Elevating healthcare operations cannot occur merely by adding technology layers that require nurses and doctors to collect more data. It is about defining outcomes - patient, operational, or financial - and creating the structure to achieve those outcomes. Recall the oft-used and much-maligned adage "work smarter, not harder." The phrase trickles from those managers and leaders who don't know what else to do or say. The effect is rarely well-received. Yet……, sometimes, it is true. In this case of healthcare operations, it's mandatory.
Drive better health through smart operations.
Smart Operations intentionally aligns people, processes, and technology to deliver complex and interdependent clinical, operational, and business functions. Smart Operations pull health systems forward by focusing on good-design, intelligent workflows supported by actionable data to achieve tangible outcomes.
Checklist for Restarting Healthcare
The question of how and when to re-open businesses in the United States in the wake of COVID-19 is fraught with a multitude of economic, political, and often emotional decisions. Central to this debate is how to and when to resume delivering traditional healthcare services that has been retooled to manage the COVID-19 surge or on standby hoping the surge never happens. As the hospitals prepared for a deluge of critically ill patients, most placed elective procedures on hold, reallocated resources and reduced capacity to manage the surge of highly infectious patients in acute respiratory distress.
HuBo - Human-Bot Hybrid COVID Toolkit
Edgility SmartConnect is a scripted, bot and human (HuBoTM) hybrid, outgoing touchpoint (calls/texts) service for high-risk and quarantined COVID-19 Patients.
Systems Operations: Call Center Toolkit
The Benefits of a COVID-Centric Call Center. Click here to view the Call Center Toolkit.
The COVID-19 Call-Center Toolkit is the latest in a series of applications designed by Edgility to assist hospitals and healthcare organizations operationally manage the Coronavirus outbreak.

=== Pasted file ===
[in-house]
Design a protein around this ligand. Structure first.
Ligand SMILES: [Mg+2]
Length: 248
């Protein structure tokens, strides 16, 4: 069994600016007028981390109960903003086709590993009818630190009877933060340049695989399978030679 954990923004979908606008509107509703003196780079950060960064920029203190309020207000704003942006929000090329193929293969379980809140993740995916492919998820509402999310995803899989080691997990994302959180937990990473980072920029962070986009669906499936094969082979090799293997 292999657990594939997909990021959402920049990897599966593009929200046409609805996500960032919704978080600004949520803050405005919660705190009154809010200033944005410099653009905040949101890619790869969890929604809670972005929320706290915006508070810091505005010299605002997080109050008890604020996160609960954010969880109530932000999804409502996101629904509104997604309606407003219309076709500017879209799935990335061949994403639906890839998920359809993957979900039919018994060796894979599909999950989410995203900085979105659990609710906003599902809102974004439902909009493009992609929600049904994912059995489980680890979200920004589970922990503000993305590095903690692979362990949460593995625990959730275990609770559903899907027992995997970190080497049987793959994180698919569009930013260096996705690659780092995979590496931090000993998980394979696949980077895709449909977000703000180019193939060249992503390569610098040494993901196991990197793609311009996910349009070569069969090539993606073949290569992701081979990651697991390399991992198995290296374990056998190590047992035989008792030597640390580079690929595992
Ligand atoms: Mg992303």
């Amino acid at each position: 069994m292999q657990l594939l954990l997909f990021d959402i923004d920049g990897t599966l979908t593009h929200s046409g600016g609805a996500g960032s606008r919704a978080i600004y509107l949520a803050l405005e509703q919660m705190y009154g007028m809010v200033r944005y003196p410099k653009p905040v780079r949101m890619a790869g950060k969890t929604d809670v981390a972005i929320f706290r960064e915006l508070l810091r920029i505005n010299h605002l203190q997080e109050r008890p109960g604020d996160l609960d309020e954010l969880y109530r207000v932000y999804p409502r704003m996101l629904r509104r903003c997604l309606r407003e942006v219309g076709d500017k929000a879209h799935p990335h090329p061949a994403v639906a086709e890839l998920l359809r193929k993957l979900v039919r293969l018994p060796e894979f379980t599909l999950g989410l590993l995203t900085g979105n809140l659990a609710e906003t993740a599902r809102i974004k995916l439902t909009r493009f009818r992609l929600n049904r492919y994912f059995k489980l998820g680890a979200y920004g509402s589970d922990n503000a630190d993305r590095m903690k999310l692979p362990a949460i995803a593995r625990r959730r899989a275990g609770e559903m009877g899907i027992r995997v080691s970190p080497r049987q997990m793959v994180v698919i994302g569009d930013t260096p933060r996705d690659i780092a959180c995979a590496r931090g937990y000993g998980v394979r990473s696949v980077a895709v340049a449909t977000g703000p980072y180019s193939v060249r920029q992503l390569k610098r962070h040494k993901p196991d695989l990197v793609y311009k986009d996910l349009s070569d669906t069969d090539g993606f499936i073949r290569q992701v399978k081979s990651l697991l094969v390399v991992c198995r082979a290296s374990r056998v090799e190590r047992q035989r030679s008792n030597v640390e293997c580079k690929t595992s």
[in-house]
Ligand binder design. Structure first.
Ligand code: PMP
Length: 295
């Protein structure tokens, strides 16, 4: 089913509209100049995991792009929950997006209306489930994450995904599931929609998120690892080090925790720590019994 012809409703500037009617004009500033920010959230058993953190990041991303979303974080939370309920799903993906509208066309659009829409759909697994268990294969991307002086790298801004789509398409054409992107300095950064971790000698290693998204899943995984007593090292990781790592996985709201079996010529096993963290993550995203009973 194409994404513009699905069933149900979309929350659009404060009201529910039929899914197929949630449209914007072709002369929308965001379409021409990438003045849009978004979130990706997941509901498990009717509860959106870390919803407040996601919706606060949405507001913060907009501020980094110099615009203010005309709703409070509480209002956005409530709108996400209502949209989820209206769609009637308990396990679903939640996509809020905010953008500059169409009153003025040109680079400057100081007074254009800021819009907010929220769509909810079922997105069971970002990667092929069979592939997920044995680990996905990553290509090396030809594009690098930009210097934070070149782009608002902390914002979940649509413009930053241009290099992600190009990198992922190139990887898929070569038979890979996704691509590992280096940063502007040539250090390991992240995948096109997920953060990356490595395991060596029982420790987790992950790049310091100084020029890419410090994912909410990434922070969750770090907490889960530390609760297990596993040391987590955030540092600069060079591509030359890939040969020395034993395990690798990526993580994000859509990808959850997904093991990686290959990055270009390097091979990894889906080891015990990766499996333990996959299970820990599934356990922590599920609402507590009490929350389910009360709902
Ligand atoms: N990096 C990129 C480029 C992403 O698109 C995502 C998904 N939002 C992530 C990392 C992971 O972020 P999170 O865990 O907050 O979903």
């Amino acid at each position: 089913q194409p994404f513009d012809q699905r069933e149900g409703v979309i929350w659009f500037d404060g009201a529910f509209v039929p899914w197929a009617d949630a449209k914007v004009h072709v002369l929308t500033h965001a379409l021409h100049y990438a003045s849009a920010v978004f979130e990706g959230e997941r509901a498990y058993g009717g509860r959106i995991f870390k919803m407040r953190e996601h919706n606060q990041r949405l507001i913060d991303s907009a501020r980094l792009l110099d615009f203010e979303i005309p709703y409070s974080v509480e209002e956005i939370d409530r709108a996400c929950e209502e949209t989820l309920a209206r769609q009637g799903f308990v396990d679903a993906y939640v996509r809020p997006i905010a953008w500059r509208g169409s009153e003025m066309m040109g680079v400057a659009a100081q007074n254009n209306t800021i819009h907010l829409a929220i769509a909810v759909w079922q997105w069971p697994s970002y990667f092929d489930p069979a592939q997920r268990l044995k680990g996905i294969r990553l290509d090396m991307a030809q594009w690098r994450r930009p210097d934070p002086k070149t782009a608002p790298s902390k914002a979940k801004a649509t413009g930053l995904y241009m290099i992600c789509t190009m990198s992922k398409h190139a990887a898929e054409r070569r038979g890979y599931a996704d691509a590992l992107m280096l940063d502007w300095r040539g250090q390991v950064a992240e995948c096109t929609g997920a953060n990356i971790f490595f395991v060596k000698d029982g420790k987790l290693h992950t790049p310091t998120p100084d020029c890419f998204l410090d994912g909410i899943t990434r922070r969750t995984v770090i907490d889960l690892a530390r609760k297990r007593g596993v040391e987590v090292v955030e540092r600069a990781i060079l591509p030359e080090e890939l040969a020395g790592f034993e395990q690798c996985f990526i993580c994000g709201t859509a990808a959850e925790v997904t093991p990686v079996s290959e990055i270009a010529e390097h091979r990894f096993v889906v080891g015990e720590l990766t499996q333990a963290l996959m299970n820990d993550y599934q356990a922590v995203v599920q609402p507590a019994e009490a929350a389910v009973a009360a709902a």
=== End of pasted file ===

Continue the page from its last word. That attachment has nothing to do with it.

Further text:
Additional Toolkits can be found here:
COVID-19 Toolkit – Click Here
COVID-19 Digital Toolkit – Click Here
Edgility COVID-19 Digital Toolkit
Edgility COVID-19 Toolkit
Edgility has released the Emergency Systems Operations Module, for all existing clients, to help health care providers and hospital systems manage the COVID-19 outbreak. Edgility is also releasing the framework as an open source tool kit, for all health systems.
Come see us @ HIMSS 2020 Booth 6084
Come to the Edgility Booth at HIMSS 2020 to design a Systems Operations Center.
A Case For Seamless Data Flow
Check out the latest article from Forbes Tech Council featuring our founder Balaji Ramadoss.
In a recent Harvard Business Review article entitled "Why Data Science Teams Need Generalists, Not Specialists," Eric Colson defines the limitations of traditional “division of labor” structure as it pertains to data science and compares it with a “learn as you go” structure facilitated by the generalist. The division-of-labor model works well, he notes, when the requirements “fully describe all aspects of the product and its behavior.” But when “knowledge” is the requirement, the specialization construct found in the division-of-labor models only hinders. As a result, Mr. Colson describes the need to balance learning vs. efficiency gains by hiring full-stack data scientists -- generalists who are responsible for everything from conception to implementation.
Today, information technology and data platforms perpetuate the barriers for operationalizing with architectures that mimic the silos based on the function-based division of labor. Contemporary data platforms are designed around these function-based divisions that have not evolved much since the 1990s. As an example, storage and normalization specialists are still the bottlenecks for the as-a-service platforms of today, mimicking the traditional silos in specialization.